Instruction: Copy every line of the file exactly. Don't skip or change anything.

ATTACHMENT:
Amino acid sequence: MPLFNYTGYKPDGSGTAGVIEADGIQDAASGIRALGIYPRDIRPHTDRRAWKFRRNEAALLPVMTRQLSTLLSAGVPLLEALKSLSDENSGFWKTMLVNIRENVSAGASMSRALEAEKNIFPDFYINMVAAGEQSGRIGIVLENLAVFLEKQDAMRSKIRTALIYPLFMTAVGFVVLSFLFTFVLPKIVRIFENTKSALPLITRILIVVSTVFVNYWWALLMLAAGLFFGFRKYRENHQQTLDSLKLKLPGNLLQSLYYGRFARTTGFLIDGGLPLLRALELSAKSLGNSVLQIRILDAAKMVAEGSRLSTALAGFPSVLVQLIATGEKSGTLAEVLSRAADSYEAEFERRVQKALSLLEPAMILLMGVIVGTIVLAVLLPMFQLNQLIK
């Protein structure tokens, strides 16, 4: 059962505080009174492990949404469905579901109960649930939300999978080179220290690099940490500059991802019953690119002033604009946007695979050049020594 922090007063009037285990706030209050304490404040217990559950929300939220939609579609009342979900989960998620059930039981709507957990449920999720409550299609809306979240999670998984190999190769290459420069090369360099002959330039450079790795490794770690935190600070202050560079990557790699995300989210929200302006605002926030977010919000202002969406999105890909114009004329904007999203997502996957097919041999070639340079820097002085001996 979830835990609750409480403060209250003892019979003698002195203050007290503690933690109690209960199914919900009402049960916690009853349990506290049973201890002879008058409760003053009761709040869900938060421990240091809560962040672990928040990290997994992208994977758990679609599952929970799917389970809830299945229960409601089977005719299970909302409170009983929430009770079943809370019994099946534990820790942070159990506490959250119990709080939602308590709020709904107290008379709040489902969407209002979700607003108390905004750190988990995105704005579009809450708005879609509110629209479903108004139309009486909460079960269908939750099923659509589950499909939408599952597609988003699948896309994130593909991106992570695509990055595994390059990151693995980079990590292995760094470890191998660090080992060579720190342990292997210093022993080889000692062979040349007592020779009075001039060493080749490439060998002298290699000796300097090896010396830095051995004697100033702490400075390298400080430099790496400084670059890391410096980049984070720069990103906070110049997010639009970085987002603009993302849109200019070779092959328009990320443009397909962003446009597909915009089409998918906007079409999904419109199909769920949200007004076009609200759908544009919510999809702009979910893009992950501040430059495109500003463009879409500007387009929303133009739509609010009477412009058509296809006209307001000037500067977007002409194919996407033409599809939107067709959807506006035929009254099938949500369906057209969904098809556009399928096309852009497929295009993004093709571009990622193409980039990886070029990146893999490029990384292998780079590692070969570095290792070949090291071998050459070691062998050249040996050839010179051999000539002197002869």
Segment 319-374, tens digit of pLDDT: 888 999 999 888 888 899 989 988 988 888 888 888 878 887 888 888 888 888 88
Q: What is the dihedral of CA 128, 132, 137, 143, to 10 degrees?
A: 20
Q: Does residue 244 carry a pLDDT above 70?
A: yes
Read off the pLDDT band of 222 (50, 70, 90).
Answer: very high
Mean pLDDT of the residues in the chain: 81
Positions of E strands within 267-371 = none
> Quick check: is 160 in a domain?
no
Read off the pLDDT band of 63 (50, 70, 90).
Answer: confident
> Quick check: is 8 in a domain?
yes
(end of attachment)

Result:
Amino acid sequence: MPLFNYTGYKPDGSGTAGVIEADGIQDAASGIRALGIYPRDIRPHTDRRAWKFRRNEAALLPVMTRQLSTLLSAGVPLLEALKSLSDENSGFWKTMLVNIRENVSAGASMSRALEAEKNIFPDFYINMVAAGEQSGRIGIVLENLAVFLEKQDAMRSKIRTALIYPLFMTAVGFVVLSFLFTFVLPKIVRIFENTKSALPLITRILIVVSTVFVNYWWALLMLAAGLFFGFRKYRENHQQTLDSLKLKLPGNLLQSLYYGRFARTTGFLIDGGLPLLRALELSAKSLGNSVLQIRILDAAKMVAEGSRLSTALAGFPSVLVQLIATGEKSGTLAEVLSRAADSYEAEFERRVQKALSLLEPAMILLMGVIVGTIVLAVLLPMFQLNQLIK
């Protein structure tokens, strides 16, 4: 059962505080009174492990949404469905579901109960649930939300999978080179220290690099940490500059991802019953690119002033604009946007695979050049020594 922090007063009037285990706030209050304490404040217990559950929300939220939609579609009342979900989960998620059930039981709507957990449920999720409550299609809306979240999670998984190999190769290459420069090369360099002959330039450079790795490794770690935190600070202050560079990557790699995300989210929200302006605002926030977010919000202002969406999105890909114009004329904007999203997502996957097919041999070639340079820097002085001996 979830835990609750409480403060209250003892019979003698002195203050007290503690933690109690209960199914919900009402049960916690009853349990506290049973201890002879008058409760003053009761709040869900938060421990240091809560962040672990928040990290997994992208994977758990679609599952929970799917389970809830299945229960409601089977005719299970909302409170009983929430009770079943809370019994099946534990820790942070159990506490959250119990709080939602308590709020709904107290008379709040489902969407209002979700607003108390905004750190988990995105704005579009809450708005879609509110629209479903108004139309009486909460079960269908939750099923659509589950499909939408599952597609988003699948896309994130593909991106992570695509990055595994390059990151693995980079990590292995760094470890191998660090080992060579720190342990292997210093022993080889000692062979040349007592020779009075001039060493080749490439060998002298290699000796300097090896010396830095051995004697100033702490400075390298400080430099790496400084670059890391410096980049984070720069990103906070110049997010639009970085987002603009993302849109200019070779092959328009990320443009397909962003446009597909915009089409998918906007079409999904419109199909769920949200007004076009609200759908544009919510999809702009979910893009992950501040430059495109500003463009879409500007387009929303133009739509609010009477412009058509296809006209307001000037500067977007002409194919996407033409599809939107067709959807506006035929009254099938949500369906057209969904098809556009399928096309852009497929295009993004093709571009990622193409980039990886070029990146893999490029990384292998780079590692070969570095290792070949090291071998050459070691062998050249040996050839010179051999000539002197002869």
Segment 319-374, tens digit of pLDDT: 888 999 999 888 888 899 989 988 988 888 888 888 878 887 888 888 888 888 88
Q: What is the dihedral of CA 128, 132, 137, 143, to 10 degrees?
A: 20
Q: Does residue 244 carry a pLDDT above 70?
A: yes
Read off the pLDDT band of 222 (50, 70, 90).
Answer: very high
Mean pLDDT of the residues in the chain: 81
Positions of E strands within 267-371 = none
> Quick check: is 160 in a domain?
no
Read off the pLDDT band of 63 (50, 70, 90).
Answer: confident
> Quick check: is 8 in a domain?
yes